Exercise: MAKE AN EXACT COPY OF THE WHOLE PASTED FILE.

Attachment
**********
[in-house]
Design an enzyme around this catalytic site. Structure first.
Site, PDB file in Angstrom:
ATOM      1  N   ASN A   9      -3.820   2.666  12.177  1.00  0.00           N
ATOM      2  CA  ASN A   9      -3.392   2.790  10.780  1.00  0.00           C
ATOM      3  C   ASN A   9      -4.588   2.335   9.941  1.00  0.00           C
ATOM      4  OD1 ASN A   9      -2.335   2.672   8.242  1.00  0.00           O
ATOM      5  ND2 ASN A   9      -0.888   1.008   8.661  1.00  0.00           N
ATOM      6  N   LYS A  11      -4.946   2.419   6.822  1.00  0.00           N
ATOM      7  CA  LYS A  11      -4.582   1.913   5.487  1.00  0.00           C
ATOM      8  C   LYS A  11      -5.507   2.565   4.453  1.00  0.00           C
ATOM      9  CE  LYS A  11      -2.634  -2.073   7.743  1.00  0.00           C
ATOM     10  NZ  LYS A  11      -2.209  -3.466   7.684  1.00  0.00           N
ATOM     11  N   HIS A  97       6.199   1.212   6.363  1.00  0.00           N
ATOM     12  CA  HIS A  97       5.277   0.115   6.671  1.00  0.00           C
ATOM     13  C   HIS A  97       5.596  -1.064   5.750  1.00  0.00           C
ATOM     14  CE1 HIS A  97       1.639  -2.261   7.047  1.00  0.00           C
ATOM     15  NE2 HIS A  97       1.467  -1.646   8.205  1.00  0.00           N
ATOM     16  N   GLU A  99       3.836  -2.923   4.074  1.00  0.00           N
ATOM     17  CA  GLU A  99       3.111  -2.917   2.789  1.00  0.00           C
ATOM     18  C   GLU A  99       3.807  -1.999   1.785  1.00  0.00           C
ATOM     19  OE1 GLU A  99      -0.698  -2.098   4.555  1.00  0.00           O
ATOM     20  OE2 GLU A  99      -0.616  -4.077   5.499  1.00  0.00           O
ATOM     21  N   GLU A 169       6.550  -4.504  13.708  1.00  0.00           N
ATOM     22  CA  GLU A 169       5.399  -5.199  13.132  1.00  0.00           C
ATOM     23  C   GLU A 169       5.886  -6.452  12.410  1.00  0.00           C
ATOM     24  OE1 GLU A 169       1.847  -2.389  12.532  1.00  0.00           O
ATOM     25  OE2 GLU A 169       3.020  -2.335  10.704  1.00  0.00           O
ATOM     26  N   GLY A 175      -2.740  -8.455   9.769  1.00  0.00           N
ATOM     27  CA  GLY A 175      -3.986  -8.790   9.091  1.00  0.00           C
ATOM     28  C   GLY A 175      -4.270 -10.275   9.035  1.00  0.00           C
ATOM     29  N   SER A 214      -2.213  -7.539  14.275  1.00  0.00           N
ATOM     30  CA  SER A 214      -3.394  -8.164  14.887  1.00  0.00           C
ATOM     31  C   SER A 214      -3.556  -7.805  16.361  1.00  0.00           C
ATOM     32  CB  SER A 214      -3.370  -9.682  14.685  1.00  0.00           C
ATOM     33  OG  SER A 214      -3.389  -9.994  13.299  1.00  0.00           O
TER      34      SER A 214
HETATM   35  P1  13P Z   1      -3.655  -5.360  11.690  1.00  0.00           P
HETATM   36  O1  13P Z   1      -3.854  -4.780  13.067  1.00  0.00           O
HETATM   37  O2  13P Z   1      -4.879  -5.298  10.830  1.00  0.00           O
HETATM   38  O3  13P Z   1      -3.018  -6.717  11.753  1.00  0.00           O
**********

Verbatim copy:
[in-house]
Design an enzyme around this catalytic site. Structure first.
Site, PDB file in Angstrom:
ATOM      1  N   ASN A   9      -3.820   2.666  12.177  1.00  0.00           N
ATOM      2  CA  ASN A   9      -3.392   2.790  10.780  1.00  0.00           C
ATOM      3  C   ASN A   9      -4.588   2.335   9.941  1.00  0.00           C
ATOM      4  OD1 ASN A   9      -2.335   2.672   8.242  1.00  0.00           O
ATOM      5  ND2 ASN A   9      -0.888   1.008   8.661  1.00  0.00           N
ATOM      6  N   LYS A  11      -4.946   2.419   6.822  1.00  0.00           N
ATOM      7  CA  LYS A  11      -4.582   1.913   5.487  1.00  0.00           C
ATOM      8  C   LYS A  11      -5.507   2.565   4.453  1.00  0.00           C
ATOM      9  CE  LYS A  11      -2.634  -2.073   7.743  1.00  0.00           C
ATOM     10  NZ  LYS A  11      -2.209  -3.466   7.684  1.00  0.00           N
ATOM     11  N   HIS A  97       6.199   1.212   6.363  1.00  0.00           N
ATOM     12  CA  HIS A  97       5.277   0.115   6.671  1.00  0.00           C
ATOM     13  C   HIS A  97       5.596  -1.064   5.750  1.00  0.00           C
ATOM     14  CE1 HIS A  97       1.639  -2.261   7.047  1.00  0.00           C
ATOM     15  NE2 HIS A  97       1.467  -1.646   8.205  1.00  0.00           N
ATOM     16  N   GLU A  99       3.836  -2.923   4.074  1.00  0.00           N
ATOM     17  CA  GLU A  99       3.111  -2.917   2.789  1.00  0.00           C
ATOM     18  C   GLU A  99       3.807  -1.999   1.785  1.00  0.00           C
ATOM     19  OE1 GLU A  99      -0.698  -2.098   4.555  1.00  0.00           O
ATOM     20  OE2 GLU A  99      -0.616  -4.077   5.499  1.00  0.00           O
ATOM     21  N   GLU A 169       6.550  -4.504  13.708  1.00  0.00           N
ATOM     22  CA  GLU A 169       5.399  -5.199  13.132  1.00  0.00           C
ATOM     23  C   GLU A 169       5.886  -6.452  12.410  1.00  0.00           C
ATOM     24  OE1 GLU A 169       1.847  -2.389  12.532  1.00  0.00           O
ATOM     25  OE2 GLU A 169       3.020  -2.335  10.704  1.00  0.00           O
ATOM     26  N   GLY A 175      -2.740  -8.455   9.769  1.00  0.00           N
ATOM     27  CA  GLY A 175      -3.986  -8.790   9.091  1.00  0.00           C
ATOM     28  C   GLY A 175      -4.270 -10.275   9.035  1.00  0.00           C
ATOM     29  N   SER A 214      -2.213  -7.539  14.275  1.00  0.00           N
ATOM     30  CA  SER A 214      -3.394  -8.164  14.887  1.00  0.00           C
ATOM     31  C   SER A 214      -3.556  -7.805  16.361  1.00  0.00           C
ATOM     32  CB  SER A 214      -3.370  -9.682  14.685  1.00  0.00           C
ATOM     33  OG  SER A 214      -3.389  -9.994  13.299  1.00  0.00           O
TER      34      SER A 214
HETATM   35  P1  13P Z   1      -3.655  -5.360  11.690  1.00  0.00           P
HETATM   36  O1  13P Z   1      -3.854  -4.780  13.067  1.00  0.00           O
HETATM   37  O2  13P Z   1      -4.879  -5.298  10.830  1.00  0.00           O
HETATM   38  O3  13P Z   1      -3.018  -6.717  11.753  1.00  0.00           O